To commemorate Refugee & Pride Month, Get 20% OFF any Language Session Purchase, using code WRD21 at Checkout, to amplify impact during this special month!

To commemorate Refugee & Pride Month, Get 20% OFF any Language Session Purchase, using code WRD21 at Checkout, to amplify impact during this special month!

NaTakallam

The Human Rights Advocates teaching you languages :)!

Reading Time: 4 minutes

Today, December 10th, marks Human Rights Day – the day the UN General Assembly adopted the Universal Declaration of Human Rights in 1948…and a day to celebrate in all languages.

Did you know..? Many of our Language Partners are human rights advocates themselves!

Mahmoud: Women’s Rights in the Middle East

“This year during COVID times, I started an Instagram account supporting women rights and speaking on human rights topics in the Middle East. My goal is to shed light on the growing gender equality movement in the Middle East covering topics such as toxic masculinity, relationships, the upbringing of children and mental health. Moreover, I started working as a cultural mediator for the European network for the work against perpetrators of gender-based violence, a project by the European Commission, and I will have my first webinar about this topic very soon.”

– Mahmoud, Syrian language partner based in Germany

Leila: Giving a voice to the voiceless

“Most of my studies are about voiceless people from the Middle East. This year during the very hard times of the pandemic, I started to focus on presenting my ideas and interpretations via zoom workshops and talks, as well as building a series of podcasts. In these podcasts, we try to educate the people about their past. Our goal is to show that there are always traces of subordinated voiceless people neglected by governments and some historians. The history is not only of well-off people, but all the human beings, despite their ethnicity, sex, and social class, should have their space in history. The history of the Middle East, in most cases, is comprised of the stories of victorious kings, armies, and masculinity-we are trying to transform all these presumptions. I am also writing applications and hope to get some amount of money to continue my project on voiceless people in Europe.”

– Leila, Persian language partner based in Sweden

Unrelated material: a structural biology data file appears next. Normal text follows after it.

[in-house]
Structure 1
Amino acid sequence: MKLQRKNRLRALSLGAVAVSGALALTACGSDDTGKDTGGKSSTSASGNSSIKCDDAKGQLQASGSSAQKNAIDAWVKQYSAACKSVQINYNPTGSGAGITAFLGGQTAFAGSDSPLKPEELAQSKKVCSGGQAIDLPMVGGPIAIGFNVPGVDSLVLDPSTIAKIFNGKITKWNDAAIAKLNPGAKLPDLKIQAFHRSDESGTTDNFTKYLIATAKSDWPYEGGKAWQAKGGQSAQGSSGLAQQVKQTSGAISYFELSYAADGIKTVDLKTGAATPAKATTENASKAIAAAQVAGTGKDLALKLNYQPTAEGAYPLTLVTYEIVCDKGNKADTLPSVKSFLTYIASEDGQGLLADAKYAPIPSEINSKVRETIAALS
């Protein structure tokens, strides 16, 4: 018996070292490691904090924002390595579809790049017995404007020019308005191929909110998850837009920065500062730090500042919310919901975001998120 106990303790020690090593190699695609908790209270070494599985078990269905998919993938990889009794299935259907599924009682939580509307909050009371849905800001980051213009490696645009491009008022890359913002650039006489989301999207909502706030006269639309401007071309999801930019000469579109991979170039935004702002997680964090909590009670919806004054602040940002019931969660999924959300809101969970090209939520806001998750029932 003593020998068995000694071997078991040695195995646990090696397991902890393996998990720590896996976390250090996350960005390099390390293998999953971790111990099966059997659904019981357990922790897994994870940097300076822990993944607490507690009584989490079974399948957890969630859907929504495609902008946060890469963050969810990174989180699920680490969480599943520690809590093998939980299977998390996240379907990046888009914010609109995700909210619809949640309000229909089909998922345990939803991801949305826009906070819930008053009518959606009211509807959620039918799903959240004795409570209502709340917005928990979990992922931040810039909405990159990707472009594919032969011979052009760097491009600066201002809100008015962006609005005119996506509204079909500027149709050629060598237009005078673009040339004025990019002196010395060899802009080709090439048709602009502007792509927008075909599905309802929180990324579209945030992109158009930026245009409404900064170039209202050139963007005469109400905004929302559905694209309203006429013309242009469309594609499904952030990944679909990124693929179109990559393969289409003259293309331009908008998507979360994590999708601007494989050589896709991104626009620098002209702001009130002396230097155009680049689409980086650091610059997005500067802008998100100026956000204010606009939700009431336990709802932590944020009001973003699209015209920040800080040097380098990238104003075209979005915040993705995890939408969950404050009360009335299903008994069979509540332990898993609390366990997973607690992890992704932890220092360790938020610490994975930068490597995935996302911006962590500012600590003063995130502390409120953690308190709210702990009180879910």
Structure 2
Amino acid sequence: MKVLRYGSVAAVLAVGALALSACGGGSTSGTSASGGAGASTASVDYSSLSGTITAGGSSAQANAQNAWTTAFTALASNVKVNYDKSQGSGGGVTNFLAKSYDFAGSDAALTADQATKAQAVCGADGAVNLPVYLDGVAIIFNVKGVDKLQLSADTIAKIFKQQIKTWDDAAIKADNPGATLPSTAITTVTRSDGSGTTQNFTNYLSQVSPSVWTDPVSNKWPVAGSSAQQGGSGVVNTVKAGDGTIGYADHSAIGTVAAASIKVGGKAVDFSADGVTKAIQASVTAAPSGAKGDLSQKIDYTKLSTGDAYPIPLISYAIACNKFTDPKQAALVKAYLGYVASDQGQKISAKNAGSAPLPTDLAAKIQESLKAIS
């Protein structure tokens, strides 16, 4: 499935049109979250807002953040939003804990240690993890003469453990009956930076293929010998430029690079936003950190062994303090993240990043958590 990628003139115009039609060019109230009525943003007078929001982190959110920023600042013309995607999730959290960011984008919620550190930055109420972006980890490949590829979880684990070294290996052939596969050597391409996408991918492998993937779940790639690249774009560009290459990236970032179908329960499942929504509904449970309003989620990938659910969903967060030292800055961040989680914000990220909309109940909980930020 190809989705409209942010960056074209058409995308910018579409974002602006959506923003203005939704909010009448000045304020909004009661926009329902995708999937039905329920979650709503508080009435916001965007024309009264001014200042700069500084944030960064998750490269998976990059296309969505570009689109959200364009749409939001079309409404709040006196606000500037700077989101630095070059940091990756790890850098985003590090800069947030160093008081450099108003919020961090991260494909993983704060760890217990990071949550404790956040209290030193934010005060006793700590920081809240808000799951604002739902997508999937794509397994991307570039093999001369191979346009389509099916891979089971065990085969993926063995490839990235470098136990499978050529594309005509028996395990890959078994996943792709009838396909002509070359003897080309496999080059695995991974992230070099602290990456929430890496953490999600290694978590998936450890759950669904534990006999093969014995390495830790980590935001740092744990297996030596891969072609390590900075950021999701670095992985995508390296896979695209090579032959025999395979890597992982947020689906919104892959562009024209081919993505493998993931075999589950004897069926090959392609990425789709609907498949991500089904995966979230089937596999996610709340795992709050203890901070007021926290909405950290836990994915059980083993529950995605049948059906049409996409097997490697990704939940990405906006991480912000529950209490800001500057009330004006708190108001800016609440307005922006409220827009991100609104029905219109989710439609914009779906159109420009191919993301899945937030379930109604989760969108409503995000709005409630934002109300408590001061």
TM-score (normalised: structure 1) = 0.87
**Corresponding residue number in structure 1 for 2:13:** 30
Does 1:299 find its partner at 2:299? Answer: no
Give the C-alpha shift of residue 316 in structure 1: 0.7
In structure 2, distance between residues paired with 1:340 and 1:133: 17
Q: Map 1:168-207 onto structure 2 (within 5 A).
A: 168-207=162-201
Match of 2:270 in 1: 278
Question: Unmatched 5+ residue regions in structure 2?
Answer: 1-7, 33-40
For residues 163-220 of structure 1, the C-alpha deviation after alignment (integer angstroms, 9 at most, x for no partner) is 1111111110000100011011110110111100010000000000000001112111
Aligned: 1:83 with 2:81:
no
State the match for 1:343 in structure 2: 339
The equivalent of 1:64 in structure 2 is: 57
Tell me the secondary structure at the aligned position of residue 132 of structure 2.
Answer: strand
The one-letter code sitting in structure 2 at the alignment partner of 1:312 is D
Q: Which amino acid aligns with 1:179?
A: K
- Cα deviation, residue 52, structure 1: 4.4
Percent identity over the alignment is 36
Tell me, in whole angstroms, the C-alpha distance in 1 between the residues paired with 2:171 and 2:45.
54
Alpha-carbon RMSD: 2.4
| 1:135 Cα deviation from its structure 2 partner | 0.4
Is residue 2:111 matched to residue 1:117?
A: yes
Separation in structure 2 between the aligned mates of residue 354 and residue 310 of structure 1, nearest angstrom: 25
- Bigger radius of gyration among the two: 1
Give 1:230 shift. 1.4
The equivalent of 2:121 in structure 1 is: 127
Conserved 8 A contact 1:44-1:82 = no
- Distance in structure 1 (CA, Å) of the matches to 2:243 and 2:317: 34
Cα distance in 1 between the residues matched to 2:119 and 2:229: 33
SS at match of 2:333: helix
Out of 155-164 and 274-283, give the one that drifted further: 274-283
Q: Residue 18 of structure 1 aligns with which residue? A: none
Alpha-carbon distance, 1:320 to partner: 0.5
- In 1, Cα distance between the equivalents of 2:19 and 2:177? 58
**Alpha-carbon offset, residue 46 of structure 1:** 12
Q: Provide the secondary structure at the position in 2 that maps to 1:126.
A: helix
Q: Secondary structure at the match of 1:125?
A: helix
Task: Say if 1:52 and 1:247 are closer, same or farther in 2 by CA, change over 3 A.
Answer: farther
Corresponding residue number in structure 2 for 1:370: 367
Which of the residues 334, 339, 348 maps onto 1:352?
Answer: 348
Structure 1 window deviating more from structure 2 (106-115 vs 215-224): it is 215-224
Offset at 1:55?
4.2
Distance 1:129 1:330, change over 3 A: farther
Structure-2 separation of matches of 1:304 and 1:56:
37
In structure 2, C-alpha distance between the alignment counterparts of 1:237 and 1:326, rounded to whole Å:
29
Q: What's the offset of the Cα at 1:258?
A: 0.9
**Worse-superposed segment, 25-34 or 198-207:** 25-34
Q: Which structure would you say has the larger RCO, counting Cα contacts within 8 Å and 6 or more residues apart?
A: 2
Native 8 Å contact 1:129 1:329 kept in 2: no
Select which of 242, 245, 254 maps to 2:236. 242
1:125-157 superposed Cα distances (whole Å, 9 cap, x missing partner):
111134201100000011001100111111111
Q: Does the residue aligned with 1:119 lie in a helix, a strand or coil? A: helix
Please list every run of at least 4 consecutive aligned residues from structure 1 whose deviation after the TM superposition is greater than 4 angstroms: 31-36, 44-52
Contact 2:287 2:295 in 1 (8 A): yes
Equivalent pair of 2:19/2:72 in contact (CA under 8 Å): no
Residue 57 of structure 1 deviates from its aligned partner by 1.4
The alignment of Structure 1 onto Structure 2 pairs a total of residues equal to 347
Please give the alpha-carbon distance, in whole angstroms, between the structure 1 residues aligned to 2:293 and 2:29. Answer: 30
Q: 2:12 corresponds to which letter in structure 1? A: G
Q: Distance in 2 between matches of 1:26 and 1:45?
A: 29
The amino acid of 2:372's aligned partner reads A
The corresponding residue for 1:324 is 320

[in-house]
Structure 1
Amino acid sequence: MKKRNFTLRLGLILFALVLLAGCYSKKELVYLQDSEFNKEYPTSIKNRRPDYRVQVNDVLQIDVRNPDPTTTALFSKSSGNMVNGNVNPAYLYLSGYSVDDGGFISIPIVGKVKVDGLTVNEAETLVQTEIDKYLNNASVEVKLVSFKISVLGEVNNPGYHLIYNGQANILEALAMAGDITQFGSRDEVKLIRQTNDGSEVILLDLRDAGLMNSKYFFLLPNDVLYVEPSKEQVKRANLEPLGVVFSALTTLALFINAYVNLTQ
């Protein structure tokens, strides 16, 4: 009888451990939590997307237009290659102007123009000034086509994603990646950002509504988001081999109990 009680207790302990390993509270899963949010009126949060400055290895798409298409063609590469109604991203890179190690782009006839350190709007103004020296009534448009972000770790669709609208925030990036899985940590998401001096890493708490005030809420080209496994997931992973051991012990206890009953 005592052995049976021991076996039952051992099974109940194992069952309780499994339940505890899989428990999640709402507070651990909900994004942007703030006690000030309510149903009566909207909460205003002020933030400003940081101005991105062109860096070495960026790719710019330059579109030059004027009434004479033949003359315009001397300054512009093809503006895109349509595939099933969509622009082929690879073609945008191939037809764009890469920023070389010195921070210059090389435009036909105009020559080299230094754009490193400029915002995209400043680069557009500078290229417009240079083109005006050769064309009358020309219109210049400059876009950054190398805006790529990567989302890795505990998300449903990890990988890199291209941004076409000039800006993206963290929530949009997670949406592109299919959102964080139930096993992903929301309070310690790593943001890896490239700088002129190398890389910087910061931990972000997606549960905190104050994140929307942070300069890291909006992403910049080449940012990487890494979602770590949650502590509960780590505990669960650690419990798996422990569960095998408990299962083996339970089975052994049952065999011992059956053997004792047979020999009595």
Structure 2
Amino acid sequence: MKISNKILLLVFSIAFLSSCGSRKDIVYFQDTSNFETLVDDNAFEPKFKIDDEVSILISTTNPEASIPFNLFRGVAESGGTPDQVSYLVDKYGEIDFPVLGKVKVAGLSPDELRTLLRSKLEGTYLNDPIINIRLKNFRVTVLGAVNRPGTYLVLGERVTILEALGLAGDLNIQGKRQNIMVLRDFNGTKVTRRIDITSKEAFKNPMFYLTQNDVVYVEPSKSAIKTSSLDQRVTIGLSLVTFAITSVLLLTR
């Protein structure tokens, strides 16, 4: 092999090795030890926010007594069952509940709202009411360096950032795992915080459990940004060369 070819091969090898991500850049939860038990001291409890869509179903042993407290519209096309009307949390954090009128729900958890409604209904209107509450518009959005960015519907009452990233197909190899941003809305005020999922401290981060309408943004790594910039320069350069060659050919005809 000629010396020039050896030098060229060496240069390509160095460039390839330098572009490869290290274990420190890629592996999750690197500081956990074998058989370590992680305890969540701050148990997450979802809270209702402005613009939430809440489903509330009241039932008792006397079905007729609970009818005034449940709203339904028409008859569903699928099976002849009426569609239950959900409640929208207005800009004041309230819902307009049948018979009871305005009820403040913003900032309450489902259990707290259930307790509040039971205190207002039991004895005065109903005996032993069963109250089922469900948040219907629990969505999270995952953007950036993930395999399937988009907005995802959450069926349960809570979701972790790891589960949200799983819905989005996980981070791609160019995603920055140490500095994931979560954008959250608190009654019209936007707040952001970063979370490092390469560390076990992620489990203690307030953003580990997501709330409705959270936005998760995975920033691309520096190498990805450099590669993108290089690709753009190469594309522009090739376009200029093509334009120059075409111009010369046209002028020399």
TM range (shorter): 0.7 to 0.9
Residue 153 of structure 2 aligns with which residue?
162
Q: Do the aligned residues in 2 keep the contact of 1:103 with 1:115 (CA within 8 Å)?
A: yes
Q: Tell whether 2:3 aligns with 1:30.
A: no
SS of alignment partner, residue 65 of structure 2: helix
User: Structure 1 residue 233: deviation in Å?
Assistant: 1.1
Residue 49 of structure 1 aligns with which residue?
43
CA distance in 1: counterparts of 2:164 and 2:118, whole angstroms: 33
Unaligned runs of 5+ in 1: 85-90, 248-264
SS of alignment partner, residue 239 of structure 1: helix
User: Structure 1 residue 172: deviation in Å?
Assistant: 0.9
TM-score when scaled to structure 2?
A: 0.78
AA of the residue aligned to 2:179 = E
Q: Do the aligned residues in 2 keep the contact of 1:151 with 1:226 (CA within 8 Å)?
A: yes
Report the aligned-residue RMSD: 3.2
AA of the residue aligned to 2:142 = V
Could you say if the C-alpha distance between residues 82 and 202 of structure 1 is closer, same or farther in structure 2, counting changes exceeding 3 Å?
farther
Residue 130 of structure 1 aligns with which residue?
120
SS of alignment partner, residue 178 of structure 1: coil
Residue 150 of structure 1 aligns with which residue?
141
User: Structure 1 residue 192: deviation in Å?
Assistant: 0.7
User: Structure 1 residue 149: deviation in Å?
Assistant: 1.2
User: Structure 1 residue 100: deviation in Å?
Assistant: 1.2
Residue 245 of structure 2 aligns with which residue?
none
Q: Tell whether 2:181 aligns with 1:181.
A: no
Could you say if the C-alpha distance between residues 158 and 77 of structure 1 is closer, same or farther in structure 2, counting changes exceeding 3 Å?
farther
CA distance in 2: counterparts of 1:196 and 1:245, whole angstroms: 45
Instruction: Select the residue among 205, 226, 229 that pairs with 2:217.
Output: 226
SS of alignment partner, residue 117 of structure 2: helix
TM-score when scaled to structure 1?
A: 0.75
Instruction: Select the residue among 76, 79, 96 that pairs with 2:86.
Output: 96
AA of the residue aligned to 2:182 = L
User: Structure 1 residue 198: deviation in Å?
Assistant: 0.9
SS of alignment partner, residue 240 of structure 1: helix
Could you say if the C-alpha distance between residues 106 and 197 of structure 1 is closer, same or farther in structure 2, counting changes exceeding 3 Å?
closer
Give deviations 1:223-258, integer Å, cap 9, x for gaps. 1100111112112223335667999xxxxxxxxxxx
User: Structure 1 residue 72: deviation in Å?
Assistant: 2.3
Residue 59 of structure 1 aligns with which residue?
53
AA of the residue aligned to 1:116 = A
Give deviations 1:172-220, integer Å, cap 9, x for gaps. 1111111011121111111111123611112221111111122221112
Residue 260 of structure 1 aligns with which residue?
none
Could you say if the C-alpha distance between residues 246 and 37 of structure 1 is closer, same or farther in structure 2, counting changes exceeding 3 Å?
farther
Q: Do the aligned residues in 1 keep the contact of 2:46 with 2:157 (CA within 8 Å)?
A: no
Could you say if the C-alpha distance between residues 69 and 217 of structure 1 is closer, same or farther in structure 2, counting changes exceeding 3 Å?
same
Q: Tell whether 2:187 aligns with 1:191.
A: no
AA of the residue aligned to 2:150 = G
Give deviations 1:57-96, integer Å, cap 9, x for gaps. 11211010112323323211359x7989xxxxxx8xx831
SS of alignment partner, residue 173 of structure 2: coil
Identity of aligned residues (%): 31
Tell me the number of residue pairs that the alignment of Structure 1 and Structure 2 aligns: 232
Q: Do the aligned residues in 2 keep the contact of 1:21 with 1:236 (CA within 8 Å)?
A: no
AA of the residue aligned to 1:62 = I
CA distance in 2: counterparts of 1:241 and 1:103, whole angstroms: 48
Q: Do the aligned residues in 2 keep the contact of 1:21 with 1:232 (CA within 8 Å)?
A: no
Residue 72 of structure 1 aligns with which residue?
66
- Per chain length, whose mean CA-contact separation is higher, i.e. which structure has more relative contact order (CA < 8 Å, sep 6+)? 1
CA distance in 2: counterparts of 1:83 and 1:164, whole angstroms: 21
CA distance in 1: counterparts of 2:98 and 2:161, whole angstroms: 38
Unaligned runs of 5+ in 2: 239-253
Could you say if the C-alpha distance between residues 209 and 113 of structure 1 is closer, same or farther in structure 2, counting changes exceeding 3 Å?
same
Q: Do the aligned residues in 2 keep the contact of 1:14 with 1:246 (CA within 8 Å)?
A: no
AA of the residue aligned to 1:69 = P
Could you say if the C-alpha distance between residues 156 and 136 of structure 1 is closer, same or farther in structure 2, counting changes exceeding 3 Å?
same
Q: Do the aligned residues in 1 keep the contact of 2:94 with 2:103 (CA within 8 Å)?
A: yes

Luis: Fighting against corruption

 

“I am a former anti-corruption prosecutor and I worked in high impact cases within my country which were of national significance. One of them even reached the USA. In the cases I worked, I managed to prosecute high State officials and powerful national and international businessmen, which led to my being harassed.

As there is no protection from the State institutions in Guatemala, despite the various complaints I presented to make it known that my family was in danger, the level of persecution against us was such, that it led to my current refugee situation in the US. Nonetheless, I feel very happy with the work I did, because fighting corruption is synonymous with supporting Human Rights. Corruption limits people’s access to good education, food, health, housing, among others, and despite being away from my home and loved ones, I know that I did the right things in the right way.”

– Luis, Guatemalan language partner based in the US

Fanar: Refugee & Asylum Rights to Resettlement

 

“After more than 4 years of waiting in my host country, I am finally getting the chance to get an asylum visa to France through the French Embassy. It was like a miracle for me to get it especially in this hard year for most of the people. I didn’t believe in good in this world, but we found very good hearted people that helped and still want to help us.

I am expecting to travel in the next few days with my family and I am very excited to move to a new country and have a life after years of being a refugee in Jordan where I wasn’t even recognized as a refugee by the UNHCR. I hope this gives hope to others who are in need for it.

NaTakallam is a great opportunity for me because I cannot work in Jordan as an asylum seeker. I feel happy and hopeful every time I get a new student. NaTakallam is the place where I can meet different and new young people that encourage me to look forward. I am very glad to be one of the language partners in such a wonderful organization. I feel liked and confident whenever I talk to one of my students. I can see their kindness in their words and compliments that makes me so happy and satisfied. There are students that care for my asylum status and try to send me online jobs: one time my sister got a job because of my student sending me a link she found and thought of us!”

– Fanar, Iraqi language partner based Jordan, soon moving to France

Join us today, and every day, in celebrating human rights, and all the unsung heroes around the world who have stood up for humanity. 

Want get to know these heroes further & even perhaps, learn languages with them?
Sign up for language sessions (in 5 languages) with them here! Or maybe even gift them to loved ones this holiday season.

5 Ways to say “thank you” in Persian

Reading Time: 2 minutes

 

Salaam (سلام, hello)! After exploring how to say “thank you” in Spanish and Arabic in our previous posts, this week we bring you 5 culturally meaningful ways to express gratitude in Persian!

1. Sepās-gozāram (سپاسگزارم)